The Land of Enchantment will surely enchant you with its property tax rates, which are among the lowest in the country. In fact, no more than 9-11% of statewide revenue is generated from property taxes, which is a similar pattern shared by few other states, particularly those in the South and surprisingly, Delaware as well. (Compare these numbers with the New England states where that percentage hovers around a whopping 50%!)
Taxes are levied at both the state and local levels, and property is assessed at its fair market value. Assessors usually determine this value through the sales-comparison approach which matches the value of a property with that of other similar properties. After that, the taxable value is determined simply by multiplying the assessed value by 33.33%, which is the taxable rate for the property.
New Mexico places a cap on property tax rate growth by an annual maximum of 3%. This includes rental properties as well as owner occupancy properties. Additionally, personal property such as household items, licensed vehicles, and registered aircraft is not subject to taxation. For additional information or to contact someone who may answer a specific question, go here.
Although New Mexico does not have an official Homestead Exemption, it does offer a Head of the Family Exemption for $2,000 of the property’s taxable value. The head of the family can include married couples, widow(er)s, or anyone who provided more than half the cost of support for any related person (including single people). Consult your county assessor to qualify. There is also a veteran’s exemption, which is also capped at $2,000 of the property’s taxable value.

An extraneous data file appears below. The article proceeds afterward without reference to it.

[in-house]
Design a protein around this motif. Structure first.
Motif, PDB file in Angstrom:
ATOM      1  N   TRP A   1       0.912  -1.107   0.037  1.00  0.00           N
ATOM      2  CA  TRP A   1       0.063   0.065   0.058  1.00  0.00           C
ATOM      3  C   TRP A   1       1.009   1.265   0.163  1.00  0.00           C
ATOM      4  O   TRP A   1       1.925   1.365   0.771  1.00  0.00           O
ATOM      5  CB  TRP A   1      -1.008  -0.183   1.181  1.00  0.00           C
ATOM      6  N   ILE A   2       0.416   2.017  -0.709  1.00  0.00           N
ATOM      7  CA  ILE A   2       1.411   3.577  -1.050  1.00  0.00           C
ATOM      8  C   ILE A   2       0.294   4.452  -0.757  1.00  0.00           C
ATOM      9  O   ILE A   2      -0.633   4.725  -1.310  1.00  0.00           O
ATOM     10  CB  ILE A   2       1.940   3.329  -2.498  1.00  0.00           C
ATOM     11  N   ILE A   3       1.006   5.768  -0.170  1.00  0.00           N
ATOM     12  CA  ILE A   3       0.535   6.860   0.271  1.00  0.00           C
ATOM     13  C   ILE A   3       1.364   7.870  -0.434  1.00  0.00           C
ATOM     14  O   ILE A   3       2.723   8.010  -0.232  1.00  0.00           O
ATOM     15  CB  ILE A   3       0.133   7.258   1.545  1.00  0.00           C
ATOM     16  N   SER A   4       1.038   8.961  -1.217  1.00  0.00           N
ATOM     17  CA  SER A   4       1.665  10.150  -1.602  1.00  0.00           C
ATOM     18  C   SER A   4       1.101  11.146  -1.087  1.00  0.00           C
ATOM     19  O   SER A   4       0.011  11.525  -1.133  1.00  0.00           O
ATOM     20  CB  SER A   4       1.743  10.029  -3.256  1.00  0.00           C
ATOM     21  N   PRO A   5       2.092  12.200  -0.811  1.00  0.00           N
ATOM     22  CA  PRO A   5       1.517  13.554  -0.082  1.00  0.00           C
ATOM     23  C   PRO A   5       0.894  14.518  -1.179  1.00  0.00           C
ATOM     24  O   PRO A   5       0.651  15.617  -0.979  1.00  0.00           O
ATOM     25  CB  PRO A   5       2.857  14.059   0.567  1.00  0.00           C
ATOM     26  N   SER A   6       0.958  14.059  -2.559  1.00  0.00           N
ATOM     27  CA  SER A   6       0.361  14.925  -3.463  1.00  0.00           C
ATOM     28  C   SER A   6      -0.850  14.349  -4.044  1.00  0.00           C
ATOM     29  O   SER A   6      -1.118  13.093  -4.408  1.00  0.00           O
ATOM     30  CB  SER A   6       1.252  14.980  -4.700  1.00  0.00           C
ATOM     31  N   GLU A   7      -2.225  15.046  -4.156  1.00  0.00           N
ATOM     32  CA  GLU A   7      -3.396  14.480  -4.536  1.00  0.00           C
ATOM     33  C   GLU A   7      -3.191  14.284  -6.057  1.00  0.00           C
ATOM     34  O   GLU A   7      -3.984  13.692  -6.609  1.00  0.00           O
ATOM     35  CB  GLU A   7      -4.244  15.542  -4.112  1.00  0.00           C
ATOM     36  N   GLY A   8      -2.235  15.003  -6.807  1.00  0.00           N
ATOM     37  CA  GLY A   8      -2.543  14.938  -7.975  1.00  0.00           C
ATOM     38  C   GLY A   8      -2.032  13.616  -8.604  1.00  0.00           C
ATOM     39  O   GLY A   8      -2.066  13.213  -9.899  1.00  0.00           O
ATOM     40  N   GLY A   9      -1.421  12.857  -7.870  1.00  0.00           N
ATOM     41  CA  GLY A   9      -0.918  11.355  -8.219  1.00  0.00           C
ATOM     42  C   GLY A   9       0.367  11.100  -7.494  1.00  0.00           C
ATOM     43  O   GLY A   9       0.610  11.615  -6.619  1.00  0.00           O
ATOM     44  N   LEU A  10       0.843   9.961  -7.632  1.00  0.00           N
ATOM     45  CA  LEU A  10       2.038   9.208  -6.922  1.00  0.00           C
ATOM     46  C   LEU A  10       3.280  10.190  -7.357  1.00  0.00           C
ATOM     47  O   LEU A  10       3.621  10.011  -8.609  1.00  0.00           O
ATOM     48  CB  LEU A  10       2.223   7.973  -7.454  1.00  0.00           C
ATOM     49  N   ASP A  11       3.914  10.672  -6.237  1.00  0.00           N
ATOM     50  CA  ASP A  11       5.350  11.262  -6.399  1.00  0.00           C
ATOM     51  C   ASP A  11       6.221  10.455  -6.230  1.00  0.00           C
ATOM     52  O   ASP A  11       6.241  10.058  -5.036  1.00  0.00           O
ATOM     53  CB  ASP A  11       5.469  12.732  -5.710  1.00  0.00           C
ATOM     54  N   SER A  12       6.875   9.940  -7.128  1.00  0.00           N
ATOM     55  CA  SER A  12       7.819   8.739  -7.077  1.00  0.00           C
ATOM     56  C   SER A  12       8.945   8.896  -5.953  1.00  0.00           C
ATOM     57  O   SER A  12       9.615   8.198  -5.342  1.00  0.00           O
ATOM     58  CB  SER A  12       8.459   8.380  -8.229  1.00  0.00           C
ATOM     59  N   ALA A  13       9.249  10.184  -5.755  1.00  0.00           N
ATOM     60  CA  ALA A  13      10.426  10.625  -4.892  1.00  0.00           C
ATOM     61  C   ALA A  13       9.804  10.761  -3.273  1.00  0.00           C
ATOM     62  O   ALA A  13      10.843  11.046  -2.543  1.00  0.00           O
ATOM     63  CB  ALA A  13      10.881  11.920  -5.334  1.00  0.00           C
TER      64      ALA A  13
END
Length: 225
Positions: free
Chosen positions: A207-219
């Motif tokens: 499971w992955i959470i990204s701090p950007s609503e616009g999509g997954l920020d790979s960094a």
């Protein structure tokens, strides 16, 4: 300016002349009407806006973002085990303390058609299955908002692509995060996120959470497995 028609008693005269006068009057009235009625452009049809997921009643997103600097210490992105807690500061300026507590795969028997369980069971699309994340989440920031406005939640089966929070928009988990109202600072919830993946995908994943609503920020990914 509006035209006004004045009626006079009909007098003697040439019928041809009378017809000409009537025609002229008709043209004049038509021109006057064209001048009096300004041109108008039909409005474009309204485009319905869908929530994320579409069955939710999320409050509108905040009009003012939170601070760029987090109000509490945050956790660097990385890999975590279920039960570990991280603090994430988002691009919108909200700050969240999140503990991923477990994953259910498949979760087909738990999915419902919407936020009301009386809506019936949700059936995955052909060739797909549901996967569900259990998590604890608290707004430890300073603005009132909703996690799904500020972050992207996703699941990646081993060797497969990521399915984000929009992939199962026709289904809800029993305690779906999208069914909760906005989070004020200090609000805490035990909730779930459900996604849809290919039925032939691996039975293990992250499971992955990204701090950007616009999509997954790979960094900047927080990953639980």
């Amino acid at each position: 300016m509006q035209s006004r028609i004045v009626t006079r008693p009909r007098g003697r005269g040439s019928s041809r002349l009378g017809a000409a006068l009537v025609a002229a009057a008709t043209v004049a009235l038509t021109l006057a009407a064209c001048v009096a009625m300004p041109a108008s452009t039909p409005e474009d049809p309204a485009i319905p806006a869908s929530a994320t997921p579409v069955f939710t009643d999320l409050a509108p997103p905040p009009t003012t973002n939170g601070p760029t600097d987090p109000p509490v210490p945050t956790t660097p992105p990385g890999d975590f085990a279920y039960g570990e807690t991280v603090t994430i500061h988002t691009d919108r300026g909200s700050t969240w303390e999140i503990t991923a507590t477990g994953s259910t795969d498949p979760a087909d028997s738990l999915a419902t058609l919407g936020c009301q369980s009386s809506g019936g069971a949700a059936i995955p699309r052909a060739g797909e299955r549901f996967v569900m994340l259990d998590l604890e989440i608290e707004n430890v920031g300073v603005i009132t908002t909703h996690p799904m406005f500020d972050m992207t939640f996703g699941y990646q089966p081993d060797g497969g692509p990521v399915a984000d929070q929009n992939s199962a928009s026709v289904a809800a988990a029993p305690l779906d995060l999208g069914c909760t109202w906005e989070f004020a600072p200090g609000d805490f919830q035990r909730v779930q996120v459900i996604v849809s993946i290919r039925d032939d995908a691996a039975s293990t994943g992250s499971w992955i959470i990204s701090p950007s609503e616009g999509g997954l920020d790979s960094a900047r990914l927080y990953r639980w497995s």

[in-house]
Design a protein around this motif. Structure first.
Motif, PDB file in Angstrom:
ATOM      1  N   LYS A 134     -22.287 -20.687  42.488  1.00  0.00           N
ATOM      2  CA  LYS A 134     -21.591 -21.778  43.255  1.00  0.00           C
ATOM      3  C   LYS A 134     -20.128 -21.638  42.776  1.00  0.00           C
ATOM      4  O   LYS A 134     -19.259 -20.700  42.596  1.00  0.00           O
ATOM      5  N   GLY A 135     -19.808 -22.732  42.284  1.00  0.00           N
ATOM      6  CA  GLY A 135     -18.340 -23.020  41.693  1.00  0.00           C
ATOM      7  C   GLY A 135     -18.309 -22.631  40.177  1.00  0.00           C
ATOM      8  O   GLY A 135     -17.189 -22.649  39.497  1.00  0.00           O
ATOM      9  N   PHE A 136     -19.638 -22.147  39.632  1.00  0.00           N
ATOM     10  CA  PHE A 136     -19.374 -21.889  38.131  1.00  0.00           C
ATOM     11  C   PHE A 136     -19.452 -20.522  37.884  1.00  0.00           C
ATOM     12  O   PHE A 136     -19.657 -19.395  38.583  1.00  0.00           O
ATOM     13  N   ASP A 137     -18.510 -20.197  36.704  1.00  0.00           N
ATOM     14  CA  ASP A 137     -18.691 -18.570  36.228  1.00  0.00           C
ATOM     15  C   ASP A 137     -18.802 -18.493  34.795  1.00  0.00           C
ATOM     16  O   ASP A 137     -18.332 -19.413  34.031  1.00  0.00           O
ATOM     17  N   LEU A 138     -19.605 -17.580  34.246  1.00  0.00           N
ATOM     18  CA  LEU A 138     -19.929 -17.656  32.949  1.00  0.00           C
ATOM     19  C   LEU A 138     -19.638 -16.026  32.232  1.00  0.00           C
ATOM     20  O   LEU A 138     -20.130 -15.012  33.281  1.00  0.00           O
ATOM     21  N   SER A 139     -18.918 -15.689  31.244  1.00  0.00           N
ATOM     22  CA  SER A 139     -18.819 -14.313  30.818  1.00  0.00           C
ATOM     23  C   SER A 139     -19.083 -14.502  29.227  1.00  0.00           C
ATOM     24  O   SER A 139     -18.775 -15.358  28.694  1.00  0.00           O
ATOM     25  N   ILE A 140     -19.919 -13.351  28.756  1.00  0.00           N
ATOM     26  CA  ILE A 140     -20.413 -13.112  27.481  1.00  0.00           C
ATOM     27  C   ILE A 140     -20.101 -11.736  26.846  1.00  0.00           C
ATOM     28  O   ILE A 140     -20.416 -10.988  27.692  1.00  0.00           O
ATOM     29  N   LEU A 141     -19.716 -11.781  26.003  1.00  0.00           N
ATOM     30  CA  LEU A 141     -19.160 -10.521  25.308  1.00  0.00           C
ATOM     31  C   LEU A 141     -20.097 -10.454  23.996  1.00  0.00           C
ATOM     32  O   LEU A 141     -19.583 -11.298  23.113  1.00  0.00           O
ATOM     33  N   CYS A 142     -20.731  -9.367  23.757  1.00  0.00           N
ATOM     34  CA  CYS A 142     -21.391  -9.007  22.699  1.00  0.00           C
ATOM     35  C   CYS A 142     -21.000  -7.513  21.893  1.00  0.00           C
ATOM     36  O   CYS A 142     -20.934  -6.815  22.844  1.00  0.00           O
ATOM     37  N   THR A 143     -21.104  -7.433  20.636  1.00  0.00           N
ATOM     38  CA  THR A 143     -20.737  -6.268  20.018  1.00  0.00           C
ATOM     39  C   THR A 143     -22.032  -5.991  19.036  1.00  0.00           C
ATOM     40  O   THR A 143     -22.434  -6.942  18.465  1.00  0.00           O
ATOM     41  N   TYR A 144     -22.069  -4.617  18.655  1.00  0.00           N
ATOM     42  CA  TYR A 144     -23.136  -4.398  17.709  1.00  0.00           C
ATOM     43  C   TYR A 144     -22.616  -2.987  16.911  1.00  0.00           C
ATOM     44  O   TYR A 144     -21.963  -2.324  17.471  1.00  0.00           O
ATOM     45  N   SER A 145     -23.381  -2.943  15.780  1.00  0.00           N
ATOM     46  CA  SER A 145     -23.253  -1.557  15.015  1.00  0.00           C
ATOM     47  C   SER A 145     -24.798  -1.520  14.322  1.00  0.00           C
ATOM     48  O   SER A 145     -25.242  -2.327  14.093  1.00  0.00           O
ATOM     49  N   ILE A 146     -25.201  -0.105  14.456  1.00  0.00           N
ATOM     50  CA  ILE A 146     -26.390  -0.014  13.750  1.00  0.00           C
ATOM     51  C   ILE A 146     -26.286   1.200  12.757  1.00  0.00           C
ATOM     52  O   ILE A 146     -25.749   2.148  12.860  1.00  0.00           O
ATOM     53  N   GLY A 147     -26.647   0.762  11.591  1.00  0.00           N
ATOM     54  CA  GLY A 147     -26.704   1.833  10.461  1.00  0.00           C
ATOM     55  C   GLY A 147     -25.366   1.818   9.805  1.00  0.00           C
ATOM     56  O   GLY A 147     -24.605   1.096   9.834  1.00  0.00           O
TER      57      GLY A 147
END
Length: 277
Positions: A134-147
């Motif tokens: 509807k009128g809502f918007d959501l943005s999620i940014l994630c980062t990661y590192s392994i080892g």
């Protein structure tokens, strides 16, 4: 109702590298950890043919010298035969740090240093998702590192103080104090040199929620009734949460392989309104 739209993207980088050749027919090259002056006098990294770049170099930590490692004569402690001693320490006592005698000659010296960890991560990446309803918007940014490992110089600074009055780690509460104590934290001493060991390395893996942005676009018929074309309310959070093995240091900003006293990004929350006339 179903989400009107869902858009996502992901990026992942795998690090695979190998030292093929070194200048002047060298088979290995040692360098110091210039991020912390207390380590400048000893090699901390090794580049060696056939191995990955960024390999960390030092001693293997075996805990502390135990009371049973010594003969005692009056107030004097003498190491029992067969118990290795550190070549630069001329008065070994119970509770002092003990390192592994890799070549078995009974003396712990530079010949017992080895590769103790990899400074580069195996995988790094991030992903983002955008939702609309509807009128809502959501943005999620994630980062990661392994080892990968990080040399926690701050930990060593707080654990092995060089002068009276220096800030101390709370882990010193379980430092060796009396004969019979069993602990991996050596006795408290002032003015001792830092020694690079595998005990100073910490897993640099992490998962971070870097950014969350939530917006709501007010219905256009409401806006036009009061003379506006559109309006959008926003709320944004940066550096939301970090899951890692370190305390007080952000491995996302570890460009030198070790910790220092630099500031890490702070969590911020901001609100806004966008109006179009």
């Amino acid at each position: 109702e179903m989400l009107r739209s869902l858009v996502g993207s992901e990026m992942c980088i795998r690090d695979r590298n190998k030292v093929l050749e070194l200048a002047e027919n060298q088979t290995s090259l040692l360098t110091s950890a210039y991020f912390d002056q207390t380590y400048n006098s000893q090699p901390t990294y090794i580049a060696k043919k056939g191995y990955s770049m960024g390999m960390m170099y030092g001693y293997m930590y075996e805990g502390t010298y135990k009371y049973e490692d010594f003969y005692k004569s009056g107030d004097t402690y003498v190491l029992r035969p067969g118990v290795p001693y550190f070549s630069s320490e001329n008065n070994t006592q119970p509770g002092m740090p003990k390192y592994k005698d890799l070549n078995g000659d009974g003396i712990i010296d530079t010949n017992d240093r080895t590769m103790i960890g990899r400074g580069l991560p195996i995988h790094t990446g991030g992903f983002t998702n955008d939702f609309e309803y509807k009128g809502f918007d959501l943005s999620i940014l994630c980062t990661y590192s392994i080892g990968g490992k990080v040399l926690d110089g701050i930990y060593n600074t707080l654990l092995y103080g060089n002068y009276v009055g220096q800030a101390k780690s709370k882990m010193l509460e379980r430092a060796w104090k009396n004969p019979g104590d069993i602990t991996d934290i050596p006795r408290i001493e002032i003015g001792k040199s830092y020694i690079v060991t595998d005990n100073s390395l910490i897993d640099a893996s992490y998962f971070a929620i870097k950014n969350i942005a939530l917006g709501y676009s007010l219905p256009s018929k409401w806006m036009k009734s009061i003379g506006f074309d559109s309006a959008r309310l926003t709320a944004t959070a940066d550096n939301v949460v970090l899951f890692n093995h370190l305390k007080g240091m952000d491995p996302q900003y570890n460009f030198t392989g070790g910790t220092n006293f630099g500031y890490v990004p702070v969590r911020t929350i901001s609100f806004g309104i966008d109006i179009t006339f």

Residents 65 years of age or older can benefit from a valuation limitation as long as they reside in New Mexico by the first of the year and have a modified household income of no more than $18,600. In other words, the assessed value of your property can’t increase as long as you qualify for the limitation. To qualify, simply fill out a form each year.
Read here for more information on exemptions as well to direct questions on matters not covered here.
New Mexico Taxation & Revenue Department